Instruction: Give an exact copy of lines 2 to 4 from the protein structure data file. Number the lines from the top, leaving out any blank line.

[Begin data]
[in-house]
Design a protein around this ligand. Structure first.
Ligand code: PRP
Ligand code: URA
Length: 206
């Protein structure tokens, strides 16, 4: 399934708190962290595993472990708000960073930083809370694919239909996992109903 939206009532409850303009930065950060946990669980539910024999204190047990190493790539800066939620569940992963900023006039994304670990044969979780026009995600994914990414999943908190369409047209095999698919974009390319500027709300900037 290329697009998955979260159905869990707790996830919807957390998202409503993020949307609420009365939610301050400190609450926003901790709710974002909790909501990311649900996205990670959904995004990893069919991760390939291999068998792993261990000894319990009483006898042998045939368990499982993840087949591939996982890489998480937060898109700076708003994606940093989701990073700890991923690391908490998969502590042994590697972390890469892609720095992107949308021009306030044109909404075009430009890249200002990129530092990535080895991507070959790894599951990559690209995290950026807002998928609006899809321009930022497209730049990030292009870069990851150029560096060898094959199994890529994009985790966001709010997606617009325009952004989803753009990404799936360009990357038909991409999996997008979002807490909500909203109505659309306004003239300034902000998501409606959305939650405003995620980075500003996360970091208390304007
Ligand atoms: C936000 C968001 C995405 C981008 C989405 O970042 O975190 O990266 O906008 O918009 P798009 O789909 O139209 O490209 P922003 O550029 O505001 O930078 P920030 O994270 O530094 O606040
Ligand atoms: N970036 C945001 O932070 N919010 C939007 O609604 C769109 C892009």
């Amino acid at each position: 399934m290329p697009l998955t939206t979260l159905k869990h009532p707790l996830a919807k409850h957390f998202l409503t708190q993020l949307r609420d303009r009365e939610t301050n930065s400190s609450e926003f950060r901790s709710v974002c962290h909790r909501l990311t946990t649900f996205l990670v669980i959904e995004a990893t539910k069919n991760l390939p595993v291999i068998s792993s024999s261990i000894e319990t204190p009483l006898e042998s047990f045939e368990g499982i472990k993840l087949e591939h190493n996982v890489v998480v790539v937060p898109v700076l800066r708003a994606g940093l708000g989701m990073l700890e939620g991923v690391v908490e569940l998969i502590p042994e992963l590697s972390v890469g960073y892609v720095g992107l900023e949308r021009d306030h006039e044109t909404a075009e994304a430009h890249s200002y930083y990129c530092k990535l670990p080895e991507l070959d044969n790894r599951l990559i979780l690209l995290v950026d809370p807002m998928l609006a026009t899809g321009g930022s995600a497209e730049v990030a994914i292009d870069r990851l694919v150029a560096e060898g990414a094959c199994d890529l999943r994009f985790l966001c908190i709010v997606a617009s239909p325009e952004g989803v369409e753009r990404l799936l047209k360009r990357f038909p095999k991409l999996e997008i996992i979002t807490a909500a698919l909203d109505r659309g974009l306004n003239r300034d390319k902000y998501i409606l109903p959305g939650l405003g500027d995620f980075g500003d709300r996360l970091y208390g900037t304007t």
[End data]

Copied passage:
Design a protein around this ligand. Structure first.
Ligand code: PRP
Ligand code: URA